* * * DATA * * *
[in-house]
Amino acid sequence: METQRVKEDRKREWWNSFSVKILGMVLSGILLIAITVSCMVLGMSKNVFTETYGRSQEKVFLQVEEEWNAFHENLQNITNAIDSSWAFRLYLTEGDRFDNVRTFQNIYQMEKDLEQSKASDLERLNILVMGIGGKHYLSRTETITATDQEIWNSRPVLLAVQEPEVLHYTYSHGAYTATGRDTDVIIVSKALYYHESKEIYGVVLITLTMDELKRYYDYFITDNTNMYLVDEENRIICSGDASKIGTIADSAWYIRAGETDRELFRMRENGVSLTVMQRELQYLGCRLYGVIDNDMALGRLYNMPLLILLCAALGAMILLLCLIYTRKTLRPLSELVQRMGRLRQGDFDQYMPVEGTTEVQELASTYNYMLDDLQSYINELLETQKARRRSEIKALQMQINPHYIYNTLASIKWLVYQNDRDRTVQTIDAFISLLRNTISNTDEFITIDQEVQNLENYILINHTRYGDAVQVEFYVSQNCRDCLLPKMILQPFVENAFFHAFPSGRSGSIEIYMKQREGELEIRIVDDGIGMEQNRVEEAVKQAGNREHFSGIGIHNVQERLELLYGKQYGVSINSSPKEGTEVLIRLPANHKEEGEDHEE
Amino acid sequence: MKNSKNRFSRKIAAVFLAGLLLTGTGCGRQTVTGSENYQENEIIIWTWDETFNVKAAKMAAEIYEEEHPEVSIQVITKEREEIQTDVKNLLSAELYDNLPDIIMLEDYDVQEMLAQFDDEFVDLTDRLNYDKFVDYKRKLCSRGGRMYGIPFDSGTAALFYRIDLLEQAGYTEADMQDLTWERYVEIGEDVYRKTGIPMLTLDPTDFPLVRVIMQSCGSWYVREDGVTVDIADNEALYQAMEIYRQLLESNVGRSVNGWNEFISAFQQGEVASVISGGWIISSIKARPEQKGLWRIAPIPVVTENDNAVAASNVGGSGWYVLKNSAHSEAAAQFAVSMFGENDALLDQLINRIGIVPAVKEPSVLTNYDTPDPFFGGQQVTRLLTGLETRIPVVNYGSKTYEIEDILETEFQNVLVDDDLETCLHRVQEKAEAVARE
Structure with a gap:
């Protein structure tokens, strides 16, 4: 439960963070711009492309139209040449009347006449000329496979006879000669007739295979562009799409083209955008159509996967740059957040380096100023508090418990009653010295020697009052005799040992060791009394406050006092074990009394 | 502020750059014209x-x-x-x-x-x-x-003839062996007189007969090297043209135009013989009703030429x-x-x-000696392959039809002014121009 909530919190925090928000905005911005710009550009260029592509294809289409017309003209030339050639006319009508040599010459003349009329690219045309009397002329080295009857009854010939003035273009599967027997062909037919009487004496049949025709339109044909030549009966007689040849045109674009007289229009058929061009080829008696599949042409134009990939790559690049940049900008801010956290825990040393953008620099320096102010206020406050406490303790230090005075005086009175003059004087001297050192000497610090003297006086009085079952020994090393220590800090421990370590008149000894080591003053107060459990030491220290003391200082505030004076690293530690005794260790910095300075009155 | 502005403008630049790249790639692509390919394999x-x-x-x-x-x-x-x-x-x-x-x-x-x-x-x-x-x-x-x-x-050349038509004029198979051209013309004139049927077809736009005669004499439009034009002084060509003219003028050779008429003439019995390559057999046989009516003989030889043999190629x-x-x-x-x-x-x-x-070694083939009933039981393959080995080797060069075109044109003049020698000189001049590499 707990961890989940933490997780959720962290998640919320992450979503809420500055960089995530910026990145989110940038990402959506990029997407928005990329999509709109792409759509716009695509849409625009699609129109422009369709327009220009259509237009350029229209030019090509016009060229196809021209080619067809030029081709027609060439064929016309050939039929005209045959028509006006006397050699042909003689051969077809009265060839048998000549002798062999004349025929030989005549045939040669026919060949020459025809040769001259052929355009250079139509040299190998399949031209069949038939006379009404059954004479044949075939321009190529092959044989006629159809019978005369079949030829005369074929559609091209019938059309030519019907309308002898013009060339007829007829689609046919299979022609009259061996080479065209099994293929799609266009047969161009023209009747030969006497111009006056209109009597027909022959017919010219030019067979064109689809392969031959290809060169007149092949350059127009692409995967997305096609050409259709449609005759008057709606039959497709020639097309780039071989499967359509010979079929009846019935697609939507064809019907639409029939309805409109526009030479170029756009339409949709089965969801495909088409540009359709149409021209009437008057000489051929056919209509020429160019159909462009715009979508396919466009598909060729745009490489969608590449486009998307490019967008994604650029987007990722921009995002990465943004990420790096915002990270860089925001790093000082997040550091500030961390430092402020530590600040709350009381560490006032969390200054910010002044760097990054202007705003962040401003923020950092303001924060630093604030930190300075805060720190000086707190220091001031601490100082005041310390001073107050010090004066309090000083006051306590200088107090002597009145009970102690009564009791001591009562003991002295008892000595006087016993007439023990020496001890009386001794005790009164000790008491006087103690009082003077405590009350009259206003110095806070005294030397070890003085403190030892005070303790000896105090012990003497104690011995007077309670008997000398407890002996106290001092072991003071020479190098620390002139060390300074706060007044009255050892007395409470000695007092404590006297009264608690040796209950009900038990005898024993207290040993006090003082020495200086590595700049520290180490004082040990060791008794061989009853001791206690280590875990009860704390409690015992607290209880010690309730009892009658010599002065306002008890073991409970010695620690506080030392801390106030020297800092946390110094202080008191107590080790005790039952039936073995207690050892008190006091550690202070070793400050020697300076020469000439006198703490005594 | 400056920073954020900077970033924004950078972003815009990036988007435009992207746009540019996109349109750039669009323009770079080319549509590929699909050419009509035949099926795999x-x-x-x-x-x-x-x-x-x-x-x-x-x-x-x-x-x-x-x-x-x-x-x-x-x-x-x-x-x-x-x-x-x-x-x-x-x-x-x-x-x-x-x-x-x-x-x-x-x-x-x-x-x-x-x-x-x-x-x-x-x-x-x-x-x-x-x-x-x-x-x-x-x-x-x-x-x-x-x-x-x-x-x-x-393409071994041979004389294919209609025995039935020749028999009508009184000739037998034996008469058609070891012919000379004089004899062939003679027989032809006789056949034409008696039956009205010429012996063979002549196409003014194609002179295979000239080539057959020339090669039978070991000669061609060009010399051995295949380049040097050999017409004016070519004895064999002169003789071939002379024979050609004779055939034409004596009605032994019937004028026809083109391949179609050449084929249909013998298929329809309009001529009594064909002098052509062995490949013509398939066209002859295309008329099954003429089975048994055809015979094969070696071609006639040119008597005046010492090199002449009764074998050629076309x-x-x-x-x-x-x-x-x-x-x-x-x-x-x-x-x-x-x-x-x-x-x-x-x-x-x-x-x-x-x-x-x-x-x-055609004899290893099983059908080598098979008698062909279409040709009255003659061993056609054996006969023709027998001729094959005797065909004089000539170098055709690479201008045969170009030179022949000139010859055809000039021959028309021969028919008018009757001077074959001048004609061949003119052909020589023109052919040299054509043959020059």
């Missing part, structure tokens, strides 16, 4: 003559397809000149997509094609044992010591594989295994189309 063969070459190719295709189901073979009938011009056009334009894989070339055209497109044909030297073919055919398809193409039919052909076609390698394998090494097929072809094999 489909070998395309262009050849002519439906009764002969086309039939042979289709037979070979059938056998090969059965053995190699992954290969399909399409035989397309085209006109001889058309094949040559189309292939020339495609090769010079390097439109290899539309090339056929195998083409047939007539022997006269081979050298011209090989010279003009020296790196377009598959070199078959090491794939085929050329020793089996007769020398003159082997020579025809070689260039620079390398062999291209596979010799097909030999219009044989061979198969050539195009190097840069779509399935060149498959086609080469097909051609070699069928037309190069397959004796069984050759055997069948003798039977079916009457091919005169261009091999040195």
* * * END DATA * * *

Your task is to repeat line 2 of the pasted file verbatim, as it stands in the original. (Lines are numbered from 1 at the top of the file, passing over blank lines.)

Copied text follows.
Amino acid sequence: METQRVKEDRKREWWNSFSVKILGMVLSGILLIAITVSCMVLGMSKNVFTETYGRSQEKVFLQVEEEWNAFHENLQNITNAIDSSWAFRLYLTEGDRFDNVRTFQNIYQMEKDLEQSKASDLERLNILVMGIGGKHYLSRTETITATDQEIWNSRPVLLAVQEPEVLHYTYSHGAYTATGRDTDVIIVSKALYYHESKEIYGVVLITLTMDELKRYYDYFITDNTNMYLVDEENRIICSGDASKIGTIADSAWYIRAGETDRELFRMRENGVSLTVMQRELQYLGCRLYGVIDNDMALGRLYNMPLLILLCAALGAMILLLCLIYTRKTLRPLSELVQRMGRLRQGDFDQYMPVEGTTEVQELASTYNYMLDDLQSYINELLETQKARRRSEIKALQMQINPHYIYNTLASIKWLVYQNDRDRTVQTIDAFISLLRNTISNTDEFITIDQEVQNLENYILINHTRYGDAVQVEFYVSQNCRDCLLPKMILQPFVENAFFHAFPSGRSGSIEIYMKQREGELEIRIVDDGIGMEQNRVEEAVKQAGNREHFSGIGIHNVQERLELLYGKQYGVSINSSPKEGTEVLIRLPANHKEEGEDHEE